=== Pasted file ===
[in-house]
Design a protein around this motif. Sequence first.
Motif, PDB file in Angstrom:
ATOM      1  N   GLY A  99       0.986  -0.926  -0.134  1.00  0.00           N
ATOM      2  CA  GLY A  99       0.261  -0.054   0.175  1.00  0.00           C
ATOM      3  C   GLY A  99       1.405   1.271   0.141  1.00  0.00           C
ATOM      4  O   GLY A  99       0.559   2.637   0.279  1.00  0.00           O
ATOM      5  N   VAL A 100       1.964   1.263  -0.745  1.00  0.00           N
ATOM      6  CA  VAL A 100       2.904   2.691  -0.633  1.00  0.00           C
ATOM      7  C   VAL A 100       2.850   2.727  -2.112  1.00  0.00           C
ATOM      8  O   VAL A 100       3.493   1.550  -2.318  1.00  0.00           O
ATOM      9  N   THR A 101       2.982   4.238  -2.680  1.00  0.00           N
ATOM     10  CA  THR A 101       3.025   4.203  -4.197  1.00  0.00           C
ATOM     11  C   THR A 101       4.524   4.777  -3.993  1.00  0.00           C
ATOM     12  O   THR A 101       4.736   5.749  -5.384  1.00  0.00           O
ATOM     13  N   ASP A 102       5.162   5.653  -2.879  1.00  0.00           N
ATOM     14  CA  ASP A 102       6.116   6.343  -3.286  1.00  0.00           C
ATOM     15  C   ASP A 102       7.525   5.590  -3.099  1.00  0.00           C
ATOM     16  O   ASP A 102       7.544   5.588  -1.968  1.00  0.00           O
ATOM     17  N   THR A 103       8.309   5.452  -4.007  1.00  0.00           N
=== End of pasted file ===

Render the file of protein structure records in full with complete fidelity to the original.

[in-house]
Design a protein around this motif. Sequence first.
Motif, PDB file in Angstrom:
ATOM      1  N   GLY A  99       0.986  -0.926  -0.134  1.00  0.00           N
ATOM      2  CA  GLY A  99       0.261  -0.054   0.175  1.00  0.00           C
ATOM      3  C   GLY A  99       1.405   1.271   0.141  1.00  0.00           C
ATOM      4  O   GLY A  99       0.559   2.637   0.279  1.00  0.00           O
ATOM      5  N   VAL A 100       1.964   1.263  -0.745  1.00  0.00           N
ATOM      6  CA  VAL A 100       2.904   2.691  -0.633  1.00  0.00           C
ATOM      7  C   VAL A 100       2.850   2.727  -2.112  1.00  0.00           C
ATOM      8  O   VAL A 100       3.493   1.550  -2.318  1.00  0.00           O
ATOM      9  N   THR A 101       2.982   4.238  -2.680  1.00  0.00           N
ATOM     10  CA  THR A 101       3.025   4.203  -4.197  1.00  0.00           C
ATOM     11  C   THR A 101       4.524   4.777  -3.993  1.00  0.00           C
ATOM     12  O   THR A 101       4.736   5.749  -5.384  1.00  0.00           O
ATOM     13  N   ASP A 102       5.162   5.653  -2.879  1.00  0.00           N
ATOM     14  CA  ASP A 102       6.116   6.343  -3.286  1.00  0.00           C
ATOM     15  C   ASP A 102       7.525   5.590  -3.099  1.00  0.00           C
ATOM     16  O   ASP A 102       7.544   5.588  -1.968  1.00  0.00           O
ATOM     17  N   THR A 103       8.309   5.452  -4.007  1.00  0.00           N